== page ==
Whilst the creation of a coworking environment differs in each of these stories, they were all trying to solve the same problems; the lack of physical proximity and social cooperation that existed only within the confines of a 9-5 office job.
As the concept of coworking has evolved over time, it has begun to form it's own identity distinguishable from serviced offices. But the very nature of coworking, its flexibility, its adaptiveness, it's hip audience, and its relative infancy means that individual workspaces are creating their own identities, goals and values. This makes reaching an all-encompassing definition of ‘coworking’ difficult.
Many draw on the community, collaboration and openness to derive definitions, others draw on the aesthetics, style and post-fordist layout of the space itself. Some academics have drawn similarities between coworking and the concept of open-source.
‘co-working spaces reflect the collective-driven, networked approach of the open-source-idea translated into physical space’ (Lange 2011:16)
Others extract its core traits to provide definition
1. the co-localisation of various coworkers within the same work environment;
2. the presence of workers heterogeneous by occupation and/or sector in which they operate and/or organisational status and affiliation...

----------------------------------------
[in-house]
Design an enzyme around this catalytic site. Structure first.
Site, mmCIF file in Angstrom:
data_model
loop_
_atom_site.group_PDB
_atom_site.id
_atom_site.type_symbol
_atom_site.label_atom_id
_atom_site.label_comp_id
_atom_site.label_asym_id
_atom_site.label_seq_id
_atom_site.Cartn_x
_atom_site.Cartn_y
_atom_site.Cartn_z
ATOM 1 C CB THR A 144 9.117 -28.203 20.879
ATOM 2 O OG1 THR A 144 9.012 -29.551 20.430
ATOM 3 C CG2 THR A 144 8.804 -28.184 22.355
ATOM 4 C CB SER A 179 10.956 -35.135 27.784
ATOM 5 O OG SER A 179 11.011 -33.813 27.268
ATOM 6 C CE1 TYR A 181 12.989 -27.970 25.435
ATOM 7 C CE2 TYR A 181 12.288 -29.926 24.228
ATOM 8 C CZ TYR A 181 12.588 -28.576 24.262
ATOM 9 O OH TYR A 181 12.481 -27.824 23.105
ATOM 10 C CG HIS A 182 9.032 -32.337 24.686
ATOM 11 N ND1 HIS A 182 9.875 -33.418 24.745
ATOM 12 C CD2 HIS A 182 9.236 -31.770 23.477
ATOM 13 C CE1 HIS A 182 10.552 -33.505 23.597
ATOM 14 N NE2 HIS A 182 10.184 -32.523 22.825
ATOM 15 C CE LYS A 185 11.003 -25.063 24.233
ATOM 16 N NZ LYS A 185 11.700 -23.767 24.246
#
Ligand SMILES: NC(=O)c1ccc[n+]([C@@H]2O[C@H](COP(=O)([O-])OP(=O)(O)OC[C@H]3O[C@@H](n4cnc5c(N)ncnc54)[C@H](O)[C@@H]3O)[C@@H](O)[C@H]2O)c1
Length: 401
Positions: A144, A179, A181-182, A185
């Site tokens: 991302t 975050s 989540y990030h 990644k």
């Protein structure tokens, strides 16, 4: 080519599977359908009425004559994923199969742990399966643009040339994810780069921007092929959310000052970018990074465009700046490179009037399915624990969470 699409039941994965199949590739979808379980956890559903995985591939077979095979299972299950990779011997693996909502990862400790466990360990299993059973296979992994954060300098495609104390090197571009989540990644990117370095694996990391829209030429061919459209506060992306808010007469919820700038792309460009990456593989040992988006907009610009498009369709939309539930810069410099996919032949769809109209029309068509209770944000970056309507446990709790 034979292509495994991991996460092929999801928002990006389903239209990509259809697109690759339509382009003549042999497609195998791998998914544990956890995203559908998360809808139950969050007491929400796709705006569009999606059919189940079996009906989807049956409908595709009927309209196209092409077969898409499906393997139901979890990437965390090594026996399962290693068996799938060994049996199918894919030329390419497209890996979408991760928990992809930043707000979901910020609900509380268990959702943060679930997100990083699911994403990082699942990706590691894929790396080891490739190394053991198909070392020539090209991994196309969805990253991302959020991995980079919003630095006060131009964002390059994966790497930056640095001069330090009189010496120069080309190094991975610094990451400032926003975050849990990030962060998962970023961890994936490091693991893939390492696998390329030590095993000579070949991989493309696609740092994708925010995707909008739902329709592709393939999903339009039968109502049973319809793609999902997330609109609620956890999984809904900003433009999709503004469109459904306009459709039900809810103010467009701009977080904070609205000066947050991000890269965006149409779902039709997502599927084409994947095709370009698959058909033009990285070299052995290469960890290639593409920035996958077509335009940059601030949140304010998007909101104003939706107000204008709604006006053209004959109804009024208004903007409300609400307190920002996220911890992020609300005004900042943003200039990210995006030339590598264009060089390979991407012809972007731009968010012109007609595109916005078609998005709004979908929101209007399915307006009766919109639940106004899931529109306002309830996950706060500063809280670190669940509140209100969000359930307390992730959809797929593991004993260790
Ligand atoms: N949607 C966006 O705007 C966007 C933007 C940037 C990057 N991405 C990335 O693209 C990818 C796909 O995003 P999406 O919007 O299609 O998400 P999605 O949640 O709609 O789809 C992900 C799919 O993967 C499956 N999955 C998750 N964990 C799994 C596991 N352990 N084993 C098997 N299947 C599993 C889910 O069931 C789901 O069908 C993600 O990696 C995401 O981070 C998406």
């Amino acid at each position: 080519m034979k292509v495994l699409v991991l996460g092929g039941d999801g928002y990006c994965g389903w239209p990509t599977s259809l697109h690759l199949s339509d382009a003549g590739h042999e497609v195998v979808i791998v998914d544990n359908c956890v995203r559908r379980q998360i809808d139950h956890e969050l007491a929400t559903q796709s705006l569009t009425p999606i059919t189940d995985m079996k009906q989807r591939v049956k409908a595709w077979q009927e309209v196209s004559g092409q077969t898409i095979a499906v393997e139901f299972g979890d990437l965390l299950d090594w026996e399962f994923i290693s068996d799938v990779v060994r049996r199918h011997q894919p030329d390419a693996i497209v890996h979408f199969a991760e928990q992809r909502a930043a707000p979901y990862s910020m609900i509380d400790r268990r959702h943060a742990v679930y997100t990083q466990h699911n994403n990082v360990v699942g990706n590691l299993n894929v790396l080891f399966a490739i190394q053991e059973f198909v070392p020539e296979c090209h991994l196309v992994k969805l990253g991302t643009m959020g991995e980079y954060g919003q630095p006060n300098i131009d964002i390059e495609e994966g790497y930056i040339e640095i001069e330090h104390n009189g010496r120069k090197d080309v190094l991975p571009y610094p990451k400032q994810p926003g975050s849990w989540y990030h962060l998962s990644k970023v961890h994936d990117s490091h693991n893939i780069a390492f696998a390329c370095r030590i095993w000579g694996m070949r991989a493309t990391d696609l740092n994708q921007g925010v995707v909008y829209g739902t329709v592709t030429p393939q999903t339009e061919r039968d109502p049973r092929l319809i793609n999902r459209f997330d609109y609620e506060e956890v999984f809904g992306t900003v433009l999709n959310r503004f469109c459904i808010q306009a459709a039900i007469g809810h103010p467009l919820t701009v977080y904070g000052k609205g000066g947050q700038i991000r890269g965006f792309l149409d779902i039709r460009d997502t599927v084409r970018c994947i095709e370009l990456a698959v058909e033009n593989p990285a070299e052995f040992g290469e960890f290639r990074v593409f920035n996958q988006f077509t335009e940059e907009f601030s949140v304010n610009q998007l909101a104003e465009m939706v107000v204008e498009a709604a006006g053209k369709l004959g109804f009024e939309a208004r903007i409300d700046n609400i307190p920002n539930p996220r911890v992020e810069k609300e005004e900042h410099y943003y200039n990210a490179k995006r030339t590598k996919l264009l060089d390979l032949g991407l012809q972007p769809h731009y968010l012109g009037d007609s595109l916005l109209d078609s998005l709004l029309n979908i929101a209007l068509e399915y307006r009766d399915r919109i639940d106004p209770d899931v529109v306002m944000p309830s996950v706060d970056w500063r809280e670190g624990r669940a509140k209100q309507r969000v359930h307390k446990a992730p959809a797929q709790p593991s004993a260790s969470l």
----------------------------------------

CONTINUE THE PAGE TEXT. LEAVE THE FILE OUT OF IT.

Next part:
3. the presence (or not) of activities and tools designed to stimulate the emergence of relationships and collaboration among coworkers.” (Parrino 2013:11)
Many definitions exist, each focusing on a slightly different theme, but it is clear that the term ‘coworking’ refers to much more than just a physical workspace; it is the combination of a collaborative community undertaking a variety of activities within a shared environment.
So what’s next for coworking?
The number of shared workspaces worldwide is growing rapidly and is reported to reach 37,000 by 2018. There are over half a million coworkers, the majority of which are freelancers. Entrepreneurs with their own employees represent around a fifth of all coworkers.
Despite coworking originating in USA and UK, according to Google Trends, the majority of searches for ‘coworking’ come out of Spain, followed by Italy and Brazil. Barcelona and Valencia top the Spanish search traffic, perhaps explained by the Spanish economic crisis and high rate of youth unemployment over the previous few years.
As the younger generation in the Western World demand more and more flexibility in their lives, coupled with the desire to travel and work abroad, the so called Digital Nomad, we can expect the coworking trend to become commonplace in cities worldwide.
Coworking is still a young phenomenon with a complex social foundation. As more and more people turn to coworking to give them the flexibility and freedom they desire, we can expect physical workspaces to continue adapting, and the concept of coworking to evolve with its users needs. Only once the industry grown out of its infancy will we be able to distill the concept into a succinct set of principles and core values, allowing us to clearly define what coworking really is.
We would like to express our thanks to the authors of this paper Julian Waters-Lynch, Jason Potts, Tim Butcher, Jago Dodson and Joe Hurley. You can find their paper here